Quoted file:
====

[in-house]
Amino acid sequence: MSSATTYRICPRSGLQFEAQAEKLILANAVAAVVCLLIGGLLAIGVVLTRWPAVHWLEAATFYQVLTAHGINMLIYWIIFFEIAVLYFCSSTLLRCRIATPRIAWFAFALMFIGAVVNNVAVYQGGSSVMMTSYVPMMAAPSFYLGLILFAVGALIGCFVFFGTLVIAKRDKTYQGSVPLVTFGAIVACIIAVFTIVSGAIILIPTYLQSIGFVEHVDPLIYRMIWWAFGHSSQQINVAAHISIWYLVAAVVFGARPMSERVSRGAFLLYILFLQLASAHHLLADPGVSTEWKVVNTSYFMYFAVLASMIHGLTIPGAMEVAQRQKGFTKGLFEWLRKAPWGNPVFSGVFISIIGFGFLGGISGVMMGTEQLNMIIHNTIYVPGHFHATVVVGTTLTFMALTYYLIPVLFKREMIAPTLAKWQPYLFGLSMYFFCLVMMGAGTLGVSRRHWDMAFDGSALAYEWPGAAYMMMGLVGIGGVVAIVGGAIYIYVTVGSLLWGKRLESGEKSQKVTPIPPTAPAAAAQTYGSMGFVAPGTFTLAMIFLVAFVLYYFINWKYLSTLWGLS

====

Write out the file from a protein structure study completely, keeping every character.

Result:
[in-house]
Amino acid sequence: MSSATTYRICPRSGLQFEAQAEKLILANAVAAVVCLLIGGLLAIGVVLTRWPAVHWLEAATFYQVLTAHGINMLIYWIIFFEIAVLYFCSSTLLRCRIATPRIAWFAFALMFIGAVVNNVAVYQGGSSVMMTSYVPMMAAPSFYLGLILFAVGALIGCFVFFGTLVIAKRDKTYQGSVPLVTFGAIVACIIAVFTIVSGAIILIPTYLQSIGFVEHVDPLIYRMIWWAFGHSSQQINVAAHISIWYLVAAVVFGARPMSERVSRGAFLLYILFLQLASAHHLLADPGVSTEWKVVNTSYFMYFAVLASMIHGLTIPGAMEVAQRQKGFTKGLFEWLRKAPWGNPVFSGVFISIIGFGFLGGISGVMMGTEQLNMIIHNTIYVPGHFHATVVVGTTLTFMALTYYLIPVLFKREMIAPTLAKWQPYLFGLSMYFFCLVMMGAGTLGVSRRHWDMAFDGSALAYEWPGAAYMMMGLVGIGGVVAIVGGAIYIYVTVGSLLWGKRLESGEKSQKVTPIPPTAPAAAAQTYGSMGFVAPGTFTLAMIFLVAFVLYYFINWKYLSTLWGLS